Photosynthesis provides plants, fungi, algae and even some single-celled organisms with the energy they need to live. That energy gets passed along to other living beings that consume them. To engage in photosynthesis, organisms make use of water and carbon dioxide from their environments. Photosynthesis does not depend solely on the availability of these materials, however. The amount of sunlight and the amount of other nutrients present affect how productive an organism is through photosynthesis.
Through photosynthesis, living organisms convert environmental carbon dioxide and water into glucose, a sugar that fuels life processes. Glucose can be stored and later broken down and incorporated into an organism's tissues, helping it grow. The idea of how productive a living being is through photosynthesis reflects how much organic material it can produce. Because other living beings harness this energy by eating photosynthesizers, this productivity is considered foundational and is called primary productivity.
The Importance of Sunlight
Light provides the energy that drives this glucose-producing reaction. Though artificial light can trigger photosynthesis, as greenhouses demonstrate, in natural environments sunlight is the primary source of this energy. For this reason, most algae and photosynthetic bacteria in the oceans dwell in the upper 200 meters (656 feet) of water, and taller trees might have an advantage in growing foliage over shorter trees below. There is a limit, though; after too much sunlight exposure, some algae instead will produce abnormal compounds that damage their tissues.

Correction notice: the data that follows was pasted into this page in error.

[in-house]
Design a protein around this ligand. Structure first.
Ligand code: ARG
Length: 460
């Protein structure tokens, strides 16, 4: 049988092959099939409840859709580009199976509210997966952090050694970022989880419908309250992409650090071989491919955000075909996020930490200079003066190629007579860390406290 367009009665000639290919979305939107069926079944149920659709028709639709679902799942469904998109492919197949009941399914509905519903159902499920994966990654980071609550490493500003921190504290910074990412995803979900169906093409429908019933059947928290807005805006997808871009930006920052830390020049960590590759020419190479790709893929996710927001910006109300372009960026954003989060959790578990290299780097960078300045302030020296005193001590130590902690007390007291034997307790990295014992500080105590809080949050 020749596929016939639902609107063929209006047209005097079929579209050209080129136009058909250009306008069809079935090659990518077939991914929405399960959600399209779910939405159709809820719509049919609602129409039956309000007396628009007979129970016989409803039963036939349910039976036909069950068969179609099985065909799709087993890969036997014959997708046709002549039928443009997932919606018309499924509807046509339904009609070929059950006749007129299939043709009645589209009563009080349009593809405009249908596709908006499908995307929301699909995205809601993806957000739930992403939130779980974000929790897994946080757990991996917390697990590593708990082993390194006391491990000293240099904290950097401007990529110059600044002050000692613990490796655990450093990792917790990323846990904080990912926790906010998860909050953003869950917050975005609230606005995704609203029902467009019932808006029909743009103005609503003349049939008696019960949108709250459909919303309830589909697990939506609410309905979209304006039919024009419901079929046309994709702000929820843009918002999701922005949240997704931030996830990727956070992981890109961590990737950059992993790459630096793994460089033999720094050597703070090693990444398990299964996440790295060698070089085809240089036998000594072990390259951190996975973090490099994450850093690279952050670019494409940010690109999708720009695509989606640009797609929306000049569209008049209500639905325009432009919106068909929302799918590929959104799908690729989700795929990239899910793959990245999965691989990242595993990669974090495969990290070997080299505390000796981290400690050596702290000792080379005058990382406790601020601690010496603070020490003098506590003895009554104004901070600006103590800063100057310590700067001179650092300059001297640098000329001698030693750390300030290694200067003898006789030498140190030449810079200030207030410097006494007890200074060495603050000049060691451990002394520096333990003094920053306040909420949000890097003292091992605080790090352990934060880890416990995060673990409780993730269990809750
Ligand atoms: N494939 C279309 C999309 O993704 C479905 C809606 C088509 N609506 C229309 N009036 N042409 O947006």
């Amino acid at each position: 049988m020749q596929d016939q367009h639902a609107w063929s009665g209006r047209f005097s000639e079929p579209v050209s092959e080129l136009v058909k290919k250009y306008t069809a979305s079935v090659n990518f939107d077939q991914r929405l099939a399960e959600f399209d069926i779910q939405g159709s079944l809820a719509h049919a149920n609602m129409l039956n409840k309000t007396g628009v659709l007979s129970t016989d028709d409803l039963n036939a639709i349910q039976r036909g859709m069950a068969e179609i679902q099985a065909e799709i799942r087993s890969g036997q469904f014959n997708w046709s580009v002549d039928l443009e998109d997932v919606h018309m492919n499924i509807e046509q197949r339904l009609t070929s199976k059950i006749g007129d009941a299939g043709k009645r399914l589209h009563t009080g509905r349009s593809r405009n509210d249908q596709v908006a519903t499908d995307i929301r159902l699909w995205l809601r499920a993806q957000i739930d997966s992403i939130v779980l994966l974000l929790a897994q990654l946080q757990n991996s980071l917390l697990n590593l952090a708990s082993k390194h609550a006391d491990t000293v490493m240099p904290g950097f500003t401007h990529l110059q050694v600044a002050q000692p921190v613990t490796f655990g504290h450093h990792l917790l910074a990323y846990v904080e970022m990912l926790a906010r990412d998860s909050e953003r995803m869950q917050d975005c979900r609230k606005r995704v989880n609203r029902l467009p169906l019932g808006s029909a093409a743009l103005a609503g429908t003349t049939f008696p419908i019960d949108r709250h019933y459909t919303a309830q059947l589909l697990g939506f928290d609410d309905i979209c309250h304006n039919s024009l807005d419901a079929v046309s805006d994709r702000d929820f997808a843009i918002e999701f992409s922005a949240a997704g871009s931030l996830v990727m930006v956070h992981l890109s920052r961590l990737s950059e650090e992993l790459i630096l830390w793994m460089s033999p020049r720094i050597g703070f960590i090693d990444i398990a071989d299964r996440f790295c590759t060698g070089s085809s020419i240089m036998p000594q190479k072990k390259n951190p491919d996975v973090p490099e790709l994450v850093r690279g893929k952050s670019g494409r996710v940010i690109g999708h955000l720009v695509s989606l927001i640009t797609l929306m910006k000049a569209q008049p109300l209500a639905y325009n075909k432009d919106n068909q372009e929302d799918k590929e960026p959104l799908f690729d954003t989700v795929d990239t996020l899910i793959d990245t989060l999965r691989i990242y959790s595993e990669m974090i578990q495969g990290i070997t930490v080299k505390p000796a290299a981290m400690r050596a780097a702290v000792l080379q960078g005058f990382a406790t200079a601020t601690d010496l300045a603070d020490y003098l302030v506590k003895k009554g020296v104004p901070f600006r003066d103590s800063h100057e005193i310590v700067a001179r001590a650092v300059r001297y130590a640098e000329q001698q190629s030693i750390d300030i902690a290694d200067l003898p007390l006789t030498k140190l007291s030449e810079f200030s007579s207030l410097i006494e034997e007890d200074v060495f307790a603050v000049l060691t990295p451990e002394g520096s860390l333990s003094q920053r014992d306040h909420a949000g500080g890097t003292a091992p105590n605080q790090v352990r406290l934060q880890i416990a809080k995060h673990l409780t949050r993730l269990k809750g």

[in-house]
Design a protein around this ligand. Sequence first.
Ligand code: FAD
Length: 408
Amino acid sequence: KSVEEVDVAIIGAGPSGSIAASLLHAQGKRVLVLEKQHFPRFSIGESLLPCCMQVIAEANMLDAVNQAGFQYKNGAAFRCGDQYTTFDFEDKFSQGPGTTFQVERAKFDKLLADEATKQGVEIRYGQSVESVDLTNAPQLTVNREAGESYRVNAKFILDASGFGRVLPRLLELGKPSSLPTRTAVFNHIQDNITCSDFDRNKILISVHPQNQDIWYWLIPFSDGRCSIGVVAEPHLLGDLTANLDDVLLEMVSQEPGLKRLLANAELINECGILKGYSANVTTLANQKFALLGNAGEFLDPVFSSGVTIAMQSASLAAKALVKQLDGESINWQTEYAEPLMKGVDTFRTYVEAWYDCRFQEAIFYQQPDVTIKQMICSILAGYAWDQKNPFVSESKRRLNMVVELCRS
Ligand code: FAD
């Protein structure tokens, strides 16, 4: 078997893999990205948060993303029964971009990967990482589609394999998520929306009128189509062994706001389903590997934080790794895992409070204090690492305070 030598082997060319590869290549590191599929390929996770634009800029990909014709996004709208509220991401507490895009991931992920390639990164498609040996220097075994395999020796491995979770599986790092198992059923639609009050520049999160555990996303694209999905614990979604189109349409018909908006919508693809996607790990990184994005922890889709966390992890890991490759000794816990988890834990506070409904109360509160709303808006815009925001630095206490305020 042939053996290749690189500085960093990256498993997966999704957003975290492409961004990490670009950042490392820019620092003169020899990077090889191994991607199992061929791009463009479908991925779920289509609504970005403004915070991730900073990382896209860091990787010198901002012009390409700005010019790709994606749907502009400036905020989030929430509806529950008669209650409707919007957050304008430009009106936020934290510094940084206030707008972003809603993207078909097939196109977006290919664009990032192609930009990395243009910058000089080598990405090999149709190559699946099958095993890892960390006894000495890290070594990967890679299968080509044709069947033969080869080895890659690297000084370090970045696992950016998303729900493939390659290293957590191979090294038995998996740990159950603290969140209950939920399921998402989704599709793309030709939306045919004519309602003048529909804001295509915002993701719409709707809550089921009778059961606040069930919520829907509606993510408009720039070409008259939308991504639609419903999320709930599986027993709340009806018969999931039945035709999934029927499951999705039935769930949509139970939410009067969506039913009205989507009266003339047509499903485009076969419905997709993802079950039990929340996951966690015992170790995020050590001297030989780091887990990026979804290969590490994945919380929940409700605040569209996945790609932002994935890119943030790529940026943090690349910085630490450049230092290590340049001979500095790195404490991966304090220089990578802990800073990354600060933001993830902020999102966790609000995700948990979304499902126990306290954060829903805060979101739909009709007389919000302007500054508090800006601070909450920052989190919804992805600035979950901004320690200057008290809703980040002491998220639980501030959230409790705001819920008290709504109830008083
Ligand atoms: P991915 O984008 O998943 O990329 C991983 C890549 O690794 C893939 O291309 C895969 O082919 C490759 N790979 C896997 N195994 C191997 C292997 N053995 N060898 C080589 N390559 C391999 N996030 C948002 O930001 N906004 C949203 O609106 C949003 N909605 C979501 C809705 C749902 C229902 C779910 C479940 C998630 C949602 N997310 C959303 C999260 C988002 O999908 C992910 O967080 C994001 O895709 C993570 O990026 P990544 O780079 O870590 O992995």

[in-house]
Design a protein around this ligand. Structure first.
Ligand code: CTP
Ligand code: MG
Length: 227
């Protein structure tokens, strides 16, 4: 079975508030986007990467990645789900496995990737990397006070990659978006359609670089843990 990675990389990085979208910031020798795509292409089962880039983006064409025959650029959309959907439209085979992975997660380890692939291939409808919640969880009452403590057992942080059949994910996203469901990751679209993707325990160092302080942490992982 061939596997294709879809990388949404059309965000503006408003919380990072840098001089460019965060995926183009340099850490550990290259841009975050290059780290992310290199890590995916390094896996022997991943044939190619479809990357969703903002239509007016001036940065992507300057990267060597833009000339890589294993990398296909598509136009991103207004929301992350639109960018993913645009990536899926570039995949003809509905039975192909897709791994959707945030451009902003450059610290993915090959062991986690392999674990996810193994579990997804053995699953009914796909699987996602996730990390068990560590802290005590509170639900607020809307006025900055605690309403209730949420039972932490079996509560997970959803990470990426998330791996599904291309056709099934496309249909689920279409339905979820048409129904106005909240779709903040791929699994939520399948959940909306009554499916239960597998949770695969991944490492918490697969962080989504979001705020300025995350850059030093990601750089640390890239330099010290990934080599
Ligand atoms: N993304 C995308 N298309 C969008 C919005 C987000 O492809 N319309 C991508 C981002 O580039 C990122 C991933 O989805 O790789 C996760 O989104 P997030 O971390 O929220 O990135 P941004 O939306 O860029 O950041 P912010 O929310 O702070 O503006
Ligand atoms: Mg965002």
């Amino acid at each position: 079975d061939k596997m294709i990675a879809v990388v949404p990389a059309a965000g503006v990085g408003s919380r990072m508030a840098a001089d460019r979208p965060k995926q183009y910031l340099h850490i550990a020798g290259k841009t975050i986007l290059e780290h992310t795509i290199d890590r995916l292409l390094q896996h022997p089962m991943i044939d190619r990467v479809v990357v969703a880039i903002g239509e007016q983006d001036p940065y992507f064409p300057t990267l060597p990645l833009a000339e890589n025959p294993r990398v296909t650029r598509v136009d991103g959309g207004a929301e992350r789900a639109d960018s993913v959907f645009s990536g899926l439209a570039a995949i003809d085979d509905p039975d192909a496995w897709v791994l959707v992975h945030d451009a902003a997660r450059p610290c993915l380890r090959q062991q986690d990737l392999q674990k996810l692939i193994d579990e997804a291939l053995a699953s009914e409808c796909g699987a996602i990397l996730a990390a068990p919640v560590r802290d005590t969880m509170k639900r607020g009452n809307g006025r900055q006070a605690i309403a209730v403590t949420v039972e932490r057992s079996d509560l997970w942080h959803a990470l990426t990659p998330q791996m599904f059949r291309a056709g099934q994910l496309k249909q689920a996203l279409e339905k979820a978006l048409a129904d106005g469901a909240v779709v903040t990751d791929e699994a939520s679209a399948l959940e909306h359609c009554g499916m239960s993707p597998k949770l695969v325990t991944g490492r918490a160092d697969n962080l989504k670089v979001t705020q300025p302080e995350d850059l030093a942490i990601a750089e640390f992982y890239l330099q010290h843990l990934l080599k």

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The Impact of Nutrients
While sunlight propels photosynthesis, other nutrients support the process as components of the compounds that absorb sunlight's energy, for example, or that speed the reaction along. The lack of such nutrients as iron, magnesium and sulfur has been shown to decrease photosynthesis rates. Low quantities of nitrogen and phosphorus later will prevent a plant from metabolizing glucose. Nutrients are so scarce in parts of tropical oceans that these oceans are considered biological deserts, despite the sunlight they receive.
The Factors That Influence Nutrient Availability
The nutrient content of soil or water, whatever medium in which a photosynthetic being grows, can depend on a number of external factors. Fire and decomposers like insects and fungi break down organic matter and return nutrients to the soil, while in water, currents caused by differences in temperature can affect the distribution of nutrients between the deeper and shallower parts of the ocean. A chain of factors thus influences conditions that directly impact photosynthesis.